The February 16, 2000 IEP meeting, the February Letter, and associated items are admittedly more problematic because of their apparent focus on the content of P.G.'s post-Bancroft program. (Loughlin Certif. ¶ 29; February Letter.) Even in this case, the Court cannot conclude that these activities are factually and legally distinct from the prior administrative proceedings. In particular, the Court cannot reach such a conclusion because defendant does not address these concerns, beyond arguments, unsupported by certification or affidavit, that post-decision activities were consensual in nature and generally involved mere follow-up consultation between Loughlin and her clients. (Def.'s Br. in Opp'n at 2-3.)*fn7

The Court does not reduce the award based on any lack of success in the later post-decision activities because it finds that plaintiffs achieved excellent results in the case as a whole. With the exception of the demand for the development of goals and objectives, which the plaintiffs claim they abandoned, (Pls.' Br. in Supp. at 2 n. 2), the Summary Decision Order and Final Decision gave plaintiffs everything they sought in their due process petition. (Final Decision at 4; Summary Decision Order at 6-7.) Many of the post-decision activities also appear to have been successful because P.G. was placed at Bancroft and it appears that plaintiffs obtained an extension of his stay from the original discharge date of January 17, 2000 to February 16, 2000. (See December Letter ¶ 2; February Letter ¶ 2.) Given this overall success, any possible lack of success on other post-decision activities should not result in a reduction in the amount of attorneys' fees.

The Court rejects the Board's next objection to any compensation for Loughlin's travel time to and from Hackensack, New Jersey. The Board questions the billing of travel time to and from Hackensack for client conferences on the grounds that defendant should not be forced to bear the expense of plaintiffs' choice of an attorney who lives and works at such a distance. (Def.'s Br. in Opp'n at 3.) But plaintiffs point out in their reply brief that this travel was not for client conferences but to attend due process hearings as well as settlement and IEP conferences. (Pl.'s Reply Br. in Supp. at 1.) More importantly, the Board has failed to present any evidence challenging the reasonableness of plaintiffs' choice of Loughlin as their counsel in this matter. It is reasonable for an IDEA plaintiff to select an education law specialist from a different locality. Muth v. Smith, Civ. A. No. 84-2032, 1987 WL 7193, at *3 (E.D.Pa. Feb.20, 1987). Loughlin, a civil rights attorney with significant experience in special education law, appears to qualify as such an expert. (Loughlin Certif. ¶¶ 3-6.) Loughlin's prior representation in the first due process proceedings and the accompanying attorneys' fees dispute makes plaintiffs' choice even more reasonable. (Memorandum and Order at 1-5.)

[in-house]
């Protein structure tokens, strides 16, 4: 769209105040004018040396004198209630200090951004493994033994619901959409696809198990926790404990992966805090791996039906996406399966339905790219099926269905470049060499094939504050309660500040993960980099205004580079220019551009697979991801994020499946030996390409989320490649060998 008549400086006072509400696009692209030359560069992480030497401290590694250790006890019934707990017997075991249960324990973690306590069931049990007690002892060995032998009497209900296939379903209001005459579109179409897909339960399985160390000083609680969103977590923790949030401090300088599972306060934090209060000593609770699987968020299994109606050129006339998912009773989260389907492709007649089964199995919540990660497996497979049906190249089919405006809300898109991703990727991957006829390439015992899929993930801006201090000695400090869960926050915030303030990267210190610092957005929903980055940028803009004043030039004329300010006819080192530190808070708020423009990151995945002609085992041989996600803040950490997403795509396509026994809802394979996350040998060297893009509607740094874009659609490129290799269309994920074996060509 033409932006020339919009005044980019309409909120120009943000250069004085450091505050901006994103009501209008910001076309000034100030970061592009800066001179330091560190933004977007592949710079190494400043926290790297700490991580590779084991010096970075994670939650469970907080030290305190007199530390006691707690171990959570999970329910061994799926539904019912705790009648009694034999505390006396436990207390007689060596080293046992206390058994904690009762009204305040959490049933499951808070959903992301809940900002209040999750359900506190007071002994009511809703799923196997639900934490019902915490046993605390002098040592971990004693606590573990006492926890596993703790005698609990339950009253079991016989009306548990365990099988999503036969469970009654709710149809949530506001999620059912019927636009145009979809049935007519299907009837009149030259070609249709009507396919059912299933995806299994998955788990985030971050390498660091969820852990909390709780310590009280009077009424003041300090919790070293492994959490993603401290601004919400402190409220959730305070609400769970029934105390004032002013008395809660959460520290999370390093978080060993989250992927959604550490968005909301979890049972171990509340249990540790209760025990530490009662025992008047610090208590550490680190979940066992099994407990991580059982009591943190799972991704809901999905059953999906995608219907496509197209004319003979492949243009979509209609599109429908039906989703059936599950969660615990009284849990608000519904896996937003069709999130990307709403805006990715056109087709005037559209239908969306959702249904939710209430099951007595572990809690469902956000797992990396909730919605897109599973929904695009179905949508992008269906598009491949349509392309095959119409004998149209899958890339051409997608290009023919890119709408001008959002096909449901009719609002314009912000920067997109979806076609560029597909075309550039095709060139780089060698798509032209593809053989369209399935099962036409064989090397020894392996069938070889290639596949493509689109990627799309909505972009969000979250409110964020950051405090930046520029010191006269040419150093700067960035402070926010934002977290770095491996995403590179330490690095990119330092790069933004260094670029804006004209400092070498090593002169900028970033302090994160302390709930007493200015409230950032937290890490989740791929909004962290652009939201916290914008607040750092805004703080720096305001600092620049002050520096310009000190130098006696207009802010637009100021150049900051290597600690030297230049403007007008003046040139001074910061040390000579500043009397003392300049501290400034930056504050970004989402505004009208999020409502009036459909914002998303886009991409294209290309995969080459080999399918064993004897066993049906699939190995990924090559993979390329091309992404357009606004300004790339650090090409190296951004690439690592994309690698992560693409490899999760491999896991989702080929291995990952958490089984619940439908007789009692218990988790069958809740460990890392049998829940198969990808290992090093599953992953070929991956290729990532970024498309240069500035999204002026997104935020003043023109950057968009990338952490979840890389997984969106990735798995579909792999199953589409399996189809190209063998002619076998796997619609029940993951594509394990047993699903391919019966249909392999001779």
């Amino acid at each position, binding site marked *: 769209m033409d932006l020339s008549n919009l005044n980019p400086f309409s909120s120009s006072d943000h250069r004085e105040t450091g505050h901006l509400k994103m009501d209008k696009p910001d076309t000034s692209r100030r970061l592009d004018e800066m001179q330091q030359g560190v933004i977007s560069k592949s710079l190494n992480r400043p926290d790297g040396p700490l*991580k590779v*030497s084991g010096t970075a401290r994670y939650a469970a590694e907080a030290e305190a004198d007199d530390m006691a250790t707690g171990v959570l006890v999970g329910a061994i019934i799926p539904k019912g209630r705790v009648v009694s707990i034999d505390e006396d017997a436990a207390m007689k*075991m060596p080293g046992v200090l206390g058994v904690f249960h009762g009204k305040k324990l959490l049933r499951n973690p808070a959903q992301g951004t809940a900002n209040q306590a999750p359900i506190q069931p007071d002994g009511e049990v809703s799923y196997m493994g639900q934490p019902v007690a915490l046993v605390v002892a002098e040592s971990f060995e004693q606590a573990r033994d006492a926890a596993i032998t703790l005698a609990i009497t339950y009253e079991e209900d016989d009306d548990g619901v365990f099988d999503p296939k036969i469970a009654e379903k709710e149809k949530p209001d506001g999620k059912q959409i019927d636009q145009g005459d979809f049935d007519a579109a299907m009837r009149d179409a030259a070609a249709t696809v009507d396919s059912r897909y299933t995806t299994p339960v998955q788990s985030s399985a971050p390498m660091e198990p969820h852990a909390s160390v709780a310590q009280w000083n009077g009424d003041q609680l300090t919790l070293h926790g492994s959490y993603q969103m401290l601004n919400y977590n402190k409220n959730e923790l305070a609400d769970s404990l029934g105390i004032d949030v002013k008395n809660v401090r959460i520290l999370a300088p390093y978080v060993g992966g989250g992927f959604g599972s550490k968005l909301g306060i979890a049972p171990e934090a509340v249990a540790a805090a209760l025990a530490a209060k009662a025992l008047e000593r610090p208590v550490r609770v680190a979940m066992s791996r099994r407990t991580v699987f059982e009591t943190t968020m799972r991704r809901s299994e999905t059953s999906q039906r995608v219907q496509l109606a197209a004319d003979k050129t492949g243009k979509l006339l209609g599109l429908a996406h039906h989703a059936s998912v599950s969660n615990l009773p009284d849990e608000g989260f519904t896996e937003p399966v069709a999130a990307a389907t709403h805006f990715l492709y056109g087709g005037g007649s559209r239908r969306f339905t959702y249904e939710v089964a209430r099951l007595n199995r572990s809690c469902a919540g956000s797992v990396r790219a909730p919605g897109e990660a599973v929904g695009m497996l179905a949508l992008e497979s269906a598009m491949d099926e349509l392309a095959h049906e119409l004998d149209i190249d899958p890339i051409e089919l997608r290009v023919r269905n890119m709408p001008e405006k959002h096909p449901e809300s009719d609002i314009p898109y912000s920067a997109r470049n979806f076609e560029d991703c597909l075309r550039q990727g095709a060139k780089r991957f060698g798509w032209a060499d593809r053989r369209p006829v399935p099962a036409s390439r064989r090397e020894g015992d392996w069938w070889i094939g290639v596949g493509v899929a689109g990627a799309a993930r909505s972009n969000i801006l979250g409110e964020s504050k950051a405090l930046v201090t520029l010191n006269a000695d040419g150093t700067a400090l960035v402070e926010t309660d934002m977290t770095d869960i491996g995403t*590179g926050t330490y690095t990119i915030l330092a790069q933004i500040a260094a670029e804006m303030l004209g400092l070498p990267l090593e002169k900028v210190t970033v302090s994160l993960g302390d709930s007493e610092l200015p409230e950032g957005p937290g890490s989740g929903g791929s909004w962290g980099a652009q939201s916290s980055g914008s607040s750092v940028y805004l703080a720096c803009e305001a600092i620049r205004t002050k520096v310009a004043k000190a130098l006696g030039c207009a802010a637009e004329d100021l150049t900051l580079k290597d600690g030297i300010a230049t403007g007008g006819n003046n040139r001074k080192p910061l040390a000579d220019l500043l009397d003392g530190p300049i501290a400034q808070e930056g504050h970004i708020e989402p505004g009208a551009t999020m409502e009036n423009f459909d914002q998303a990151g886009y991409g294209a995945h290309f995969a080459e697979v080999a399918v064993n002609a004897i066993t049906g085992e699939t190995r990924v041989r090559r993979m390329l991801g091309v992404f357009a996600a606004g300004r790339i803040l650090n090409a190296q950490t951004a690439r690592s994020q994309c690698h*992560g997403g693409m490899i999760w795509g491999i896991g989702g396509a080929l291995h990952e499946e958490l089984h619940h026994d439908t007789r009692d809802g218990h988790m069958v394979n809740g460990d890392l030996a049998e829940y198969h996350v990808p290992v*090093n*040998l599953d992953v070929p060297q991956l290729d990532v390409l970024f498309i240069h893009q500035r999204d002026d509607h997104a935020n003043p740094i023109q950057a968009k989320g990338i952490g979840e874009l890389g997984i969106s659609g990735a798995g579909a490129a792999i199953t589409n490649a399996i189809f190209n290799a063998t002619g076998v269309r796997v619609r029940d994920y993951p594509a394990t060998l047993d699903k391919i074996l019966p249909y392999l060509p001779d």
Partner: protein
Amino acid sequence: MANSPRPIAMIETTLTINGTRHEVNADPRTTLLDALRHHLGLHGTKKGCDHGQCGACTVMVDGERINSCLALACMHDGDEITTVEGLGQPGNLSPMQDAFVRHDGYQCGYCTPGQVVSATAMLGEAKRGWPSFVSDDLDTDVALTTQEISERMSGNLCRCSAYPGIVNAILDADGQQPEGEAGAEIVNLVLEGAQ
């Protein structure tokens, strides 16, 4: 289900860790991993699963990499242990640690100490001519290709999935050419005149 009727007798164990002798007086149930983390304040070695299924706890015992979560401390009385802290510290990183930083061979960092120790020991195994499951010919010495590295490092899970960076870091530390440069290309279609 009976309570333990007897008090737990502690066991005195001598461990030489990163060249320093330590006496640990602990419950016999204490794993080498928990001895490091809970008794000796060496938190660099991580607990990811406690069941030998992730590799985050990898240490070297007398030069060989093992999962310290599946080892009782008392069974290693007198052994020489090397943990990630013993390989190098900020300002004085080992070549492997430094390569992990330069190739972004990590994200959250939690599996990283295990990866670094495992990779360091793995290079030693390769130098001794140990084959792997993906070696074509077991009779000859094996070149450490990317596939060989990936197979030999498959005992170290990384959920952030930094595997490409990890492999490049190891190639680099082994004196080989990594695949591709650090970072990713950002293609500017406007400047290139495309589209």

Plaintiffs request attorneys' fees of $24,639.75 (109.51 hours at $225.00 per hour). This request includes fees for services in preparing the reply brief and other materials in defense of these motions. After examining the Second Due Process Billing Statement, the Court finds the amount of time expended by plaintiffs' counsel reasonable in light of the overall relief obtained. The Court finds that plaintiffs obtained "excellent results" in this matter. Other than the specific contentions rejected above, the Board has not disputed the number of hours reasonably expended by plaintiffs' counsel in litigating this matter.*fn8 Defendant has submitted no evidence that the plaintiffs unreasonably protracted the final resolution of the controversy, or that the time spent and legal services furnished were excessive, redundant, or otherwise unnecessary considering the nature of the proceeding. See 20 U.S.C. § 1415(i)(3)(F); Hensley, 461 U.S. at 434, 103 S.Ct. 1933. The Court therefore will award plaintiffs $24,639.75 in reasonable attorneys' fees.